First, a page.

Many families of victims in mass killings and police officials are urging journalists and public officials to avoid using the gunmen's names and photos in public, says the New York Times. Their hope is that refusing to name the actors will mute the effects of their actions, and prevent other angry, troubled young men from being inspired by the infamy of those who opened fire at Columbine High School, Virginia Tech or Newtown, Ct.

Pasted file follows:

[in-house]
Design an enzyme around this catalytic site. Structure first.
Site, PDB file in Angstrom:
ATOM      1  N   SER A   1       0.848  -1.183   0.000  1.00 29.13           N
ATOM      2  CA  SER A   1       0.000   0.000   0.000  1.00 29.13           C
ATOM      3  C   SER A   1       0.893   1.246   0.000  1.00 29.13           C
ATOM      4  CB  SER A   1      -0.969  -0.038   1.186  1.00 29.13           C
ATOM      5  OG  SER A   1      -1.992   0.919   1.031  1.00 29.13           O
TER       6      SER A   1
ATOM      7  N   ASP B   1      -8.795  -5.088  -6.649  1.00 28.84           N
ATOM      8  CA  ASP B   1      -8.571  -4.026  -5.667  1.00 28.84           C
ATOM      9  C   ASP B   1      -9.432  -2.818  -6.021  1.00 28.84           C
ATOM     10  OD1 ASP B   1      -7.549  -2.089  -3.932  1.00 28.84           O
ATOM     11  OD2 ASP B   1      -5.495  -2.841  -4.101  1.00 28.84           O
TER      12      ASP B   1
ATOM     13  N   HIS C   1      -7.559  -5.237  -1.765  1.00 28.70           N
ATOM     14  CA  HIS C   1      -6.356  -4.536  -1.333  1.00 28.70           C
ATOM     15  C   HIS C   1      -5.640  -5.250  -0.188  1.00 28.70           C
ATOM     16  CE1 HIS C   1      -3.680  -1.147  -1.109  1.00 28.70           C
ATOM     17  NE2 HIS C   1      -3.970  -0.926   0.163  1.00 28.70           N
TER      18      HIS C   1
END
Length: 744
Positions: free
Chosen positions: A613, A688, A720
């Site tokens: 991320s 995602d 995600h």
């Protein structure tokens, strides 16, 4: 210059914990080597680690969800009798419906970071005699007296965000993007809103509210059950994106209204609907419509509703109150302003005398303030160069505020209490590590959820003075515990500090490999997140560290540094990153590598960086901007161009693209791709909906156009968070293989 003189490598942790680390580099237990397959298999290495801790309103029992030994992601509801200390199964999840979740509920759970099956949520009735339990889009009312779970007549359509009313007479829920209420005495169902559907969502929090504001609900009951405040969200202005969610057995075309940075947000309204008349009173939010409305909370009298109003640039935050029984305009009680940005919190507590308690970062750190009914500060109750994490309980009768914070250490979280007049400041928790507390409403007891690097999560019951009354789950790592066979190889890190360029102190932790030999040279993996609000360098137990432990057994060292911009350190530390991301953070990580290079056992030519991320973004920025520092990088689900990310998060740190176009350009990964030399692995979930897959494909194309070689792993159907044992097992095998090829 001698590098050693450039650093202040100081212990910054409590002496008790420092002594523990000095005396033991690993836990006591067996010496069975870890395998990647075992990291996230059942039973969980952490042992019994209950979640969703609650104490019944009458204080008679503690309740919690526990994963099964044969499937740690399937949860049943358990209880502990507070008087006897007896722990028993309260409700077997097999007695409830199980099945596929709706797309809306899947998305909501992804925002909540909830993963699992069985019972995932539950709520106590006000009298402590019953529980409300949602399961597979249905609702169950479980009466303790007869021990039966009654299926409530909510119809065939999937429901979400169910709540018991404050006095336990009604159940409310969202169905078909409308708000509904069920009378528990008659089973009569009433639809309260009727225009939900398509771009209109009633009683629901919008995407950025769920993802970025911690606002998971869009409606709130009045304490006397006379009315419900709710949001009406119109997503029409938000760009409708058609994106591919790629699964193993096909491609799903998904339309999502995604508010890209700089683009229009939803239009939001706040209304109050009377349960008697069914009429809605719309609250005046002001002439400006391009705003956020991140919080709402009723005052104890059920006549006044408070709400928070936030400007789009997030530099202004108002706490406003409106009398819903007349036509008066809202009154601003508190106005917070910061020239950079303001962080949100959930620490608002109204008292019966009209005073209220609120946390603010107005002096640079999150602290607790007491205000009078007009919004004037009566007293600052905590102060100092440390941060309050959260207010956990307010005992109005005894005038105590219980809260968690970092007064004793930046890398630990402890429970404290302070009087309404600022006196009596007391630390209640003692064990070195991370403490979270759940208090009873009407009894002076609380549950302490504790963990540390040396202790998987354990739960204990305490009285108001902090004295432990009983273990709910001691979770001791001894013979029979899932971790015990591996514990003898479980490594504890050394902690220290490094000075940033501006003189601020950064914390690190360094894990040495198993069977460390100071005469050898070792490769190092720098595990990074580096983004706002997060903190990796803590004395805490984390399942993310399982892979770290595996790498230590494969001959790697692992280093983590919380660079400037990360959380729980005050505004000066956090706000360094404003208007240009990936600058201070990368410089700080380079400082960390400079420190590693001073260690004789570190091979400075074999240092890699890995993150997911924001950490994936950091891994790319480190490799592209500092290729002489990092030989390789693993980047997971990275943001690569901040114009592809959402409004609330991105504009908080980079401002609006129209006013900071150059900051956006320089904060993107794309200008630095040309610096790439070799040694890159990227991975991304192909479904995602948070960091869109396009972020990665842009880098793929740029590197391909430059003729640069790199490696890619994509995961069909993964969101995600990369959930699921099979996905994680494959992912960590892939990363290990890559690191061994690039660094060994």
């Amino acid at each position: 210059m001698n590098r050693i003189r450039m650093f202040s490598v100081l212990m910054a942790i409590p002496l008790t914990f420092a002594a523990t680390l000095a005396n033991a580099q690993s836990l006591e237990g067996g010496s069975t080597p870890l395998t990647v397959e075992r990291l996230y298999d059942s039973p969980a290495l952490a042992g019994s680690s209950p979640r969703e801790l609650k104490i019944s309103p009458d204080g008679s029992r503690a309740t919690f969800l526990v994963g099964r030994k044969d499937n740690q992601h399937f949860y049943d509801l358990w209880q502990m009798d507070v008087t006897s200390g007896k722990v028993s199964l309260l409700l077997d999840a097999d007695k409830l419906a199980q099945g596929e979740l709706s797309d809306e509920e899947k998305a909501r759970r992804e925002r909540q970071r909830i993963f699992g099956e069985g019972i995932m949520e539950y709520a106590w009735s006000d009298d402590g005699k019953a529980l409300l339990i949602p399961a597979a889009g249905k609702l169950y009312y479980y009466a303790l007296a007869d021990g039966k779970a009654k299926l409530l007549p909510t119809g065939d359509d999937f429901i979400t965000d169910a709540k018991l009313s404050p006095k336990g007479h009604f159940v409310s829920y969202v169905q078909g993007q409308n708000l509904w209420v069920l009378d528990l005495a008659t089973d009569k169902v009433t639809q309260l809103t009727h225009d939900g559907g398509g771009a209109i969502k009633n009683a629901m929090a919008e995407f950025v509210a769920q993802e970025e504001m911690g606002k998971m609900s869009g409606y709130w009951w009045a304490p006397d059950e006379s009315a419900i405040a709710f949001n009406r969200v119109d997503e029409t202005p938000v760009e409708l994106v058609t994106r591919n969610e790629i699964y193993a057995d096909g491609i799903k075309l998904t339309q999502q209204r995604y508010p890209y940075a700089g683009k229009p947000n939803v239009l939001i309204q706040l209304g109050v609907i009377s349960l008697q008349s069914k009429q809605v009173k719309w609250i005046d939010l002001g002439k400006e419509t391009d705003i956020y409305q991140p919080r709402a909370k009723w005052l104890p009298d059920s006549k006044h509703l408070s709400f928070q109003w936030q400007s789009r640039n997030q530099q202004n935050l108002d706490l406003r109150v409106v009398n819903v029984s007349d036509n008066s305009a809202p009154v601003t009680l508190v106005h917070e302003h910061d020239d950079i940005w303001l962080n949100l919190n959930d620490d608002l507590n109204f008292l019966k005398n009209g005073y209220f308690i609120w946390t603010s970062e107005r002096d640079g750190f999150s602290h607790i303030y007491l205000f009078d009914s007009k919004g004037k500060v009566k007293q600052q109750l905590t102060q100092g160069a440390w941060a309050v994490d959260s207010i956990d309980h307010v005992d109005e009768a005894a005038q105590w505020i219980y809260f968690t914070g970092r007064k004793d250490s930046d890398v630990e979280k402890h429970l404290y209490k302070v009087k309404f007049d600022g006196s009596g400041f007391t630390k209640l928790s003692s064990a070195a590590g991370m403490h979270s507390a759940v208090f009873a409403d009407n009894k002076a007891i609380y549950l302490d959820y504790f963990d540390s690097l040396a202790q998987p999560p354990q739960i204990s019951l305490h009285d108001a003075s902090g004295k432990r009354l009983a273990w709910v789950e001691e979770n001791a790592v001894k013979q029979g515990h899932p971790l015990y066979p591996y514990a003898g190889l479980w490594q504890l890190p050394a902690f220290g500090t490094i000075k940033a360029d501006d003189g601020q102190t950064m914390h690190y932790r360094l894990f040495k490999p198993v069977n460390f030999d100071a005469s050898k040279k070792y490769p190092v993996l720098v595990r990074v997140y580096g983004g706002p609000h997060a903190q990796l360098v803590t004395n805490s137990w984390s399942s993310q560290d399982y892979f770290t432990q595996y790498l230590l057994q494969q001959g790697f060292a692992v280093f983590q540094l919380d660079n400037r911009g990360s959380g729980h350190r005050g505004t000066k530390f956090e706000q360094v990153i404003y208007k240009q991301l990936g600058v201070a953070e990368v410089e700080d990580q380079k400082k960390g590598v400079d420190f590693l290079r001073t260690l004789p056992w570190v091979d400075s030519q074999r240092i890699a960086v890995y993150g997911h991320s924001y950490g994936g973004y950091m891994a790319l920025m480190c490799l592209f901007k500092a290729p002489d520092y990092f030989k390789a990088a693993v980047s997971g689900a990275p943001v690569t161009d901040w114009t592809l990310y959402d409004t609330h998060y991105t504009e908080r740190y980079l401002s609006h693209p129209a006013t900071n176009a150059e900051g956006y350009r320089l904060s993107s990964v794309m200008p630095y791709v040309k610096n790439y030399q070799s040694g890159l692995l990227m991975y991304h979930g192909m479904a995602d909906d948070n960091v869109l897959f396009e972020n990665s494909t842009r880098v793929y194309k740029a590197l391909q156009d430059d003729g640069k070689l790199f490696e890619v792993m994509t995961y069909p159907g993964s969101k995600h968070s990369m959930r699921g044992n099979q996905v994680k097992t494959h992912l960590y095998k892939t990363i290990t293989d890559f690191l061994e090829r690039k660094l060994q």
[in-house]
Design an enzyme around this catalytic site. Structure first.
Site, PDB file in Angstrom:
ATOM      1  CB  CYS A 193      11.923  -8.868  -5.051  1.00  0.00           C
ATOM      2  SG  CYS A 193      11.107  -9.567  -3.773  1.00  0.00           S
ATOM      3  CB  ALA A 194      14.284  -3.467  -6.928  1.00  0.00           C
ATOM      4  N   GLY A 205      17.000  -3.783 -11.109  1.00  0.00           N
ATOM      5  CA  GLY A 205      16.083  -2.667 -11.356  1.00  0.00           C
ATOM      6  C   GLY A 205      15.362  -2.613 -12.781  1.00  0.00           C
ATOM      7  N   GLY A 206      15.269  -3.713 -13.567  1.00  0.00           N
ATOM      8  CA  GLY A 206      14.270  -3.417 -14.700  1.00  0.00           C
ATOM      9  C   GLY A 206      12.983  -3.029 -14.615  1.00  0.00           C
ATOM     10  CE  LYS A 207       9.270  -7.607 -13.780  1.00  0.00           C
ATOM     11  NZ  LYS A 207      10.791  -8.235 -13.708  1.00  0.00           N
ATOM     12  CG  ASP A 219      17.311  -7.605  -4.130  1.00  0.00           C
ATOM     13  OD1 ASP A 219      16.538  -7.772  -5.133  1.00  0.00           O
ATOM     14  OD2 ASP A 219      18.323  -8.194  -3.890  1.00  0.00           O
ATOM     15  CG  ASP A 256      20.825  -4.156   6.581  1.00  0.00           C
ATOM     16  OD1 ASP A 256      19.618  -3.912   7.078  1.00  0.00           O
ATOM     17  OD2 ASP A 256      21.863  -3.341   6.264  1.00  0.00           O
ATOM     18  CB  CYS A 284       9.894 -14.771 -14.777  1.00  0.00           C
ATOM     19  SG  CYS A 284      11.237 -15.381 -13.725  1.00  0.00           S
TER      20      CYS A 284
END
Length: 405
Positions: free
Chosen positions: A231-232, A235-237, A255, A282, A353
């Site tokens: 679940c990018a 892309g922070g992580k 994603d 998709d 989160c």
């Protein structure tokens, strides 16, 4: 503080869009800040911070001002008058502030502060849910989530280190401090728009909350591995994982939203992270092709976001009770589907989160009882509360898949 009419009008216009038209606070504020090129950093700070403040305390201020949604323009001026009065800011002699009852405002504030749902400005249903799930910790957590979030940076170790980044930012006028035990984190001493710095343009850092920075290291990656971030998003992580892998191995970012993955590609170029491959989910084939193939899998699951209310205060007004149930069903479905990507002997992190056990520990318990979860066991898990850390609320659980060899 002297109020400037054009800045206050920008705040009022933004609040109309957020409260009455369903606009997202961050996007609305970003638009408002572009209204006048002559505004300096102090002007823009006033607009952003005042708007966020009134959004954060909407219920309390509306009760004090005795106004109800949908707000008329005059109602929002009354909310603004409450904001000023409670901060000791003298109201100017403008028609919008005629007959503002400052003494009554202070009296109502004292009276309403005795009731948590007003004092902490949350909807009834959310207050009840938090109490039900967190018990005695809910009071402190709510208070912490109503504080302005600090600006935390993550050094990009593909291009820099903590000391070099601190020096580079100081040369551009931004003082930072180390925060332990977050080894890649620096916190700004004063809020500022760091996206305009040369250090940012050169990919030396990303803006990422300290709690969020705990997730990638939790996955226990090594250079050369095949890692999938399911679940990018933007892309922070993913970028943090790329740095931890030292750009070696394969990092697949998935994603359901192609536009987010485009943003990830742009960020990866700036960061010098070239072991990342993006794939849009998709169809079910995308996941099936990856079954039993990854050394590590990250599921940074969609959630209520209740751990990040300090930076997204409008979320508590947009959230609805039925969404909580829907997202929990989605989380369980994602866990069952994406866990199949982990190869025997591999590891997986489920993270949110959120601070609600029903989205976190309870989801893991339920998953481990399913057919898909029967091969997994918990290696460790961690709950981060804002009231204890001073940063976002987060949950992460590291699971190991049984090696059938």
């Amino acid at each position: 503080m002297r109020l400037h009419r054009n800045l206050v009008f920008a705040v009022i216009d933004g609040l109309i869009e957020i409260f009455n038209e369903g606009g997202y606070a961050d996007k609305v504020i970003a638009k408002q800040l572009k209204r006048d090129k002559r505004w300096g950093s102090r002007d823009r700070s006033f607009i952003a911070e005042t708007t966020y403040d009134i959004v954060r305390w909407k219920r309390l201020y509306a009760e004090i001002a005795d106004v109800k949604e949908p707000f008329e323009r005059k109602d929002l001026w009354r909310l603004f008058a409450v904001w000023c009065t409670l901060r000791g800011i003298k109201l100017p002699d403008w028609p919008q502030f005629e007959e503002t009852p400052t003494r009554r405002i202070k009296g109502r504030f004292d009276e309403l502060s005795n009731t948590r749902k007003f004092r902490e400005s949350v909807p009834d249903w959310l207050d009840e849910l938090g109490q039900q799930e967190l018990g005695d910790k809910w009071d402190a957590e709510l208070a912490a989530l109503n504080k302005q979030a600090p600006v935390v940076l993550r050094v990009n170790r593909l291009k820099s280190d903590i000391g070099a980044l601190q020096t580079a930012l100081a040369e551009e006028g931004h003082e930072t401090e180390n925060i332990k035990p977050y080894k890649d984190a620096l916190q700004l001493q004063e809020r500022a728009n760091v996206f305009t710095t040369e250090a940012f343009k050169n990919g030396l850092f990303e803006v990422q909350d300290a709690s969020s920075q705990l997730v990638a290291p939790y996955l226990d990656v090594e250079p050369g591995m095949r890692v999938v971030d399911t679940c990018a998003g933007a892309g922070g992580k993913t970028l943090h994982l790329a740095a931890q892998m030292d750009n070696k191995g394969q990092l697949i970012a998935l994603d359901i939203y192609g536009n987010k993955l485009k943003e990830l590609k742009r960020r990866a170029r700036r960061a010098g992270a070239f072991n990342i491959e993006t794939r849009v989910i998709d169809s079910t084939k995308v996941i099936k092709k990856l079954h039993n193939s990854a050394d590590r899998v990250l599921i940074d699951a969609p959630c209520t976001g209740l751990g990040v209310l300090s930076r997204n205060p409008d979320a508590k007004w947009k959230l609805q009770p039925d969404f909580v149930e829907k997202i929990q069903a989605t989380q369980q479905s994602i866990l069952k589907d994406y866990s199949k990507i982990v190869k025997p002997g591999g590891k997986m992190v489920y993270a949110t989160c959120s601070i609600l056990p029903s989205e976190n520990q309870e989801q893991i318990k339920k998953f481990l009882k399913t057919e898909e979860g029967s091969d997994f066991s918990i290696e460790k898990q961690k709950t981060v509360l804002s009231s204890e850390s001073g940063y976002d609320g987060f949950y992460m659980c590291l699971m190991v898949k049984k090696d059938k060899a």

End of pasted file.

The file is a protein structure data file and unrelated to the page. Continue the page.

Last Saturday, the sheriff investigating a shooting inside Arapahoe, Co., High School made the same decision. Few news outlets have excised the names of killers from their coverage. It is a difficult fact to omit as reporters try to unravel questions about the mental health and private anger of these gunmen, and whether they had given any warning signs. “There's a compelling public interest in naming the gunman and what his circumstances were and how he pulled off the shooting,” said Kelly McBride, a media ethicist at the Poynter Institute. “If you don't name the gunman and try and understand how he got his guns, what his motivations are and what might have prevented this, I don't think that we'll be any better off.” Social scientists and criminologists say the forces driving these shootings are a kaleidoscope of anger, revenge, insecurity, immaturity, mental illness, a desire for notoriety and myriad other factors, including easy access to weapons.